The Wisdom of a Glass Half Full

Wine!

You will say, “Alright already, fill the glass up.  Who wants to be cheated with half a glass?”

The more moderate of you will say, “Of course half full is good.  That is the middle way.”

This post is not about the crazy wisdom of over doing it, or the middle way, but something else.

Bring your ear closer and I will tell you a story:

There was this university professor who knew everything about Zen.  And now some of you may be thinking why is she talking about Zen again?  Because Zen is like that magical trout slippery fish that always gets away.

Bear with me awhile…

So this university professor was well learned about all things Zen and went and saw this Zen monk to tell him what he knew. The monk listened politely as this professor went on and on about all of these things.  And as is custom, the monk was serving tea.  The professor held out his cup, all the while talking, expounding his great knowledge.  All of a sudden the professor noticed that his hand was getting wet from the monk overflowing his tea cup.

“Ah! Stop!” He said.

The monk put down the teapot.

“Why did you do that?” the professor asked.

“How can I give you any more knowledge when you already know everything?” the monk replied; wiping his hand on a clean, linen cloth.

This idea is really about what we think we know versus what we don’t.  Do we think we know everthing?  Of course not. But we do have our ideas about things. And they get in the way.  We assume things.  Because of our conditioning.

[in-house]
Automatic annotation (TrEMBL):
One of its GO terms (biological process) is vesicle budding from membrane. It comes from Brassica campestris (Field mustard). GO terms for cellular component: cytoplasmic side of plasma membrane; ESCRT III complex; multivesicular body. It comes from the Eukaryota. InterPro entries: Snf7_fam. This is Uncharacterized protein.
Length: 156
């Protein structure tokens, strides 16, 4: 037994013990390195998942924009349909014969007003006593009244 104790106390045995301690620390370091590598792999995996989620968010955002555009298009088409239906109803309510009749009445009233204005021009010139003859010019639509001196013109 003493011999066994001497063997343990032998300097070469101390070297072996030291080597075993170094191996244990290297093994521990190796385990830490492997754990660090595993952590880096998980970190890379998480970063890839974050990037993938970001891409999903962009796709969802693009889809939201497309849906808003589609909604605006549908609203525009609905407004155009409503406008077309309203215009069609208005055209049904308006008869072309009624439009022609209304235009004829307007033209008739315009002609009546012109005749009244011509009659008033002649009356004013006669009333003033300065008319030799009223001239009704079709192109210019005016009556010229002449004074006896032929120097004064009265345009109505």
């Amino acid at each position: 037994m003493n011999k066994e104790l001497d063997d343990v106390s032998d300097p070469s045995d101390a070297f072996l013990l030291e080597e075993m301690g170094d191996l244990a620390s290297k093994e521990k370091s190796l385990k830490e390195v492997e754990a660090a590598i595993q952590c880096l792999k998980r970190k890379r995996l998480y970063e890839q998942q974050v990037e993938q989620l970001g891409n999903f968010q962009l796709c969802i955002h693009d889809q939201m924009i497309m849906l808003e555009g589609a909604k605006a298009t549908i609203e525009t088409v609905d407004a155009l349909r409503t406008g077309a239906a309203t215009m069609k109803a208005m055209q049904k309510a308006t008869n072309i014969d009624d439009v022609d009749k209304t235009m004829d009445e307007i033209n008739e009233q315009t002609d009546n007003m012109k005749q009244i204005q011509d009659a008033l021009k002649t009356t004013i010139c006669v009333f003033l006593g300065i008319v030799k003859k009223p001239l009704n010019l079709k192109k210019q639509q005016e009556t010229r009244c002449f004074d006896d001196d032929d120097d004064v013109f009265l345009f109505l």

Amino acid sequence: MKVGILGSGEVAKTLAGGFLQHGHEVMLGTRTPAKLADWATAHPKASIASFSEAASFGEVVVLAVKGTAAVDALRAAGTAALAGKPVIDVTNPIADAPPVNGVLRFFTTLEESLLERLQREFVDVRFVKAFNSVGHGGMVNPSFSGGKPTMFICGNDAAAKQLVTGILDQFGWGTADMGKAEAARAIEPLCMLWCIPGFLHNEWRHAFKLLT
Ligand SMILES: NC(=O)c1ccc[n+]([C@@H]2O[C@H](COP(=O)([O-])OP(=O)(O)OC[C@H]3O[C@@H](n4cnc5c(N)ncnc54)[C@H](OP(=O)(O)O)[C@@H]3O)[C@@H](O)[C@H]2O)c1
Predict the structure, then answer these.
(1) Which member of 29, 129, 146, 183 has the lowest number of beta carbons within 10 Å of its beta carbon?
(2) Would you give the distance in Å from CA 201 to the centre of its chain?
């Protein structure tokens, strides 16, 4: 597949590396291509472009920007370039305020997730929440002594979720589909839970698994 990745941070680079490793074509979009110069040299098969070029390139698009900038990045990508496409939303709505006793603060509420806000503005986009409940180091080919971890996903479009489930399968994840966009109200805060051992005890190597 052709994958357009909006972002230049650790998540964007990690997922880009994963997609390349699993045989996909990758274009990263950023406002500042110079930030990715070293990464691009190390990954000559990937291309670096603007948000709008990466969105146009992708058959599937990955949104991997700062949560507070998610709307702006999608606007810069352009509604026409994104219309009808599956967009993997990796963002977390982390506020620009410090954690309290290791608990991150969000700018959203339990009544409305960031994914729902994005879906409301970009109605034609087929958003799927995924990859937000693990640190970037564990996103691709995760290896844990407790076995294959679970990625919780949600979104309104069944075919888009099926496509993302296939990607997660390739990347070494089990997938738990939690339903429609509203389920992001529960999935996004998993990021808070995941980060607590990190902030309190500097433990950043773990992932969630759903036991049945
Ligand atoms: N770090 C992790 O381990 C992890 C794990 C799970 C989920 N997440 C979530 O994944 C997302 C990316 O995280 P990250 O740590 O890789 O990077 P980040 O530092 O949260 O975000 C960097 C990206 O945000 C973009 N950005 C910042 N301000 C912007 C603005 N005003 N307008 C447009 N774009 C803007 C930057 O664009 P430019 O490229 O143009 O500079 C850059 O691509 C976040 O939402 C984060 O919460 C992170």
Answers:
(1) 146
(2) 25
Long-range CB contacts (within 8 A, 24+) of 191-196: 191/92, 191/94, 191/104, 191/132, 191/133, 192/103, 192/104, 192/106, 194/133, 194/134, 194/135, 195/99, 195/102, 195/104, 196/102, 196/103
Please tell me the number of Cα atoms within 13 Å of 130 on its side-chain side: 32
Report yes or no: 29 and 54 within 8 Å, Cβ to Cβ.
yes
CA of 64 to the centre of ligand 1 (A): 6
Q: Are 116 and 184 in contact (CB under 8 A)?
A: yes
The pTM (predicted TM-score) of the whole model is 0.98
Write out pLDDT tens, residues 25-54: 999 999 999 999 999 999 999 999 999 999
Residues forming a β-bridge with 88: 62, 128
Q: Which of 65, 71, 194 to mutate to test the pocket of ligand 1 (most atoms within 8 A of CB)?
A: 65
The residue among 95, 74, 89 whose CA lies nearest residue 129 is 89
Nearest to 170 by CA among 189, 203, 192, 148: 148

Karen Swim developed a beautiful post about assumptions.  Please read it to understand how you mind can actually act as a roadblock instead of a tool to help you move forward.

If you do not operate with an open mind, with a mind as open and vast as space, you will cling to the things that bind you.

And these attachments will hold you down and hinder your thought processes, and so of course, your writing – or your photography, or whatever art form you practice.

I think that operating with a full mind with hamper you in all types of art forms, but I have most noticed it in the realm of fiction.  If you try to force yourself on your characters they balk and become flat.

And a full mind will flatten things until they are lifeless.

If you can bring yourself to the place that says “I don’t know,” you will enjoy the wisdom of a glass half full.  You will be set free of everything you think you know and how it should go.

Thank you very much.

Photocredit: © Ellen Wilson

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27 thoughts on “The Wisdom of a Glass Half Full”

  1. Ellen,

    That is so, so true! In starting any project, the most important thing after I fill up with loads of research is to take really quiet (zen ?) time, and empty my head of everything I’ve just learned. It’s in there, informing me, but I want it to be really distant so I can listen to the associations that float in my head freely. I stare at blank paper, emptied of assumptions, and wait until the paper tells me what words to write or designs to sketch. Then things just start to flow.

    The tea story is a favorite of mine, and you used it so well!